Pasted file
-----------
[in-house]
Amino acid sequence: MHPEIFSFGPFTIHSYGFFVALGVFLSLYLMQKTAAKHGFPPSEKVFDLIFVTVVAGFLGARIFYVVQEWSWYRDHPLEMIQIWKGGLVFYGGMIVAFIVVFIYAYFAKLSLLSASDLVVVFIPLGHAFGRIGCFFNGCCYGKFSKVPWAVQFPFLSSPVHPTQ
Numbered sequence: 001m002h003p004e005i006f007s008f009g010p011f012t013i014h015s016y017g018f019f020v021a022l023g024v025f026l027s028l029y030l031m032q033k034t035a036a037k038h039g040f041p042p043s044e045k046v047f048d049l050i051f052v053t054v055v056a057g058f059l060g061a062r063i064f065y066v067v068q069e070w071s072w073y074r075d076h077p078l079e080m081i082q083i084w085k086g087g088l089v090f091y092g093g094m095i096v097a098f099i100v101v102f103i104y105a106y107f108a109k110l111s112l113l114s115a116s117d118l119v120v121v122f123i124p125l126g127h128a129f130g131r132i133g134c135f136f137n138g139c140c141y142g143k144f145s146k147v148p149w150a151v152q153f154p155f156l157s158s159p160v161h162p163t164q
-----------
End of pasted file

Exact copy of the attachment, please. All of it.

[in-house]
Amino acid sequence: MHPEIFSFGPFTIHSYGFFVALGVFLSLYLMQKTAAKHGFPPSEKVFDLIFVTVVAGFLGARIFYVVQEWSWYRDHPLEMIQIWKGGLVFYGGMIVAFIVVFIYAYFAKLSLLSASDLVVVFIPLGHAFGRIGCFFNGCCYGKFSKVPWAVQFPFLSSPVHPTQ
Numbered sequence: 001m002h003p004e005i006f007s008f009g010p011f012t013i014h015s016y017g018f019f020v021a022l023g024v025f026l027s028l029y030l031m032q033k034t035a036a037k038h039g040f041p042p043s044e045k046v047f048d049l050i051f052v053t054v055v056a057g058f059l060g061a062r063i064f065y066v067v068q069e070w071s072w073y074r075d076h077p078l079e080m081i082q083i084w085k086g087g088l089v090f091y092g093g094m095i096v097a098f099i100v101v102f103i104y105a106y107f108a109k110l111s112l113l114s115a116s117d118l119v120v121v122f123i124p125l126g127h128a129f130g131r132i133g134c135f136f137n138g139c140c141y142g143k144f145s146k147v148p149w150a151v152q153f154p155f156l157s158s159p160v161h162p163t164q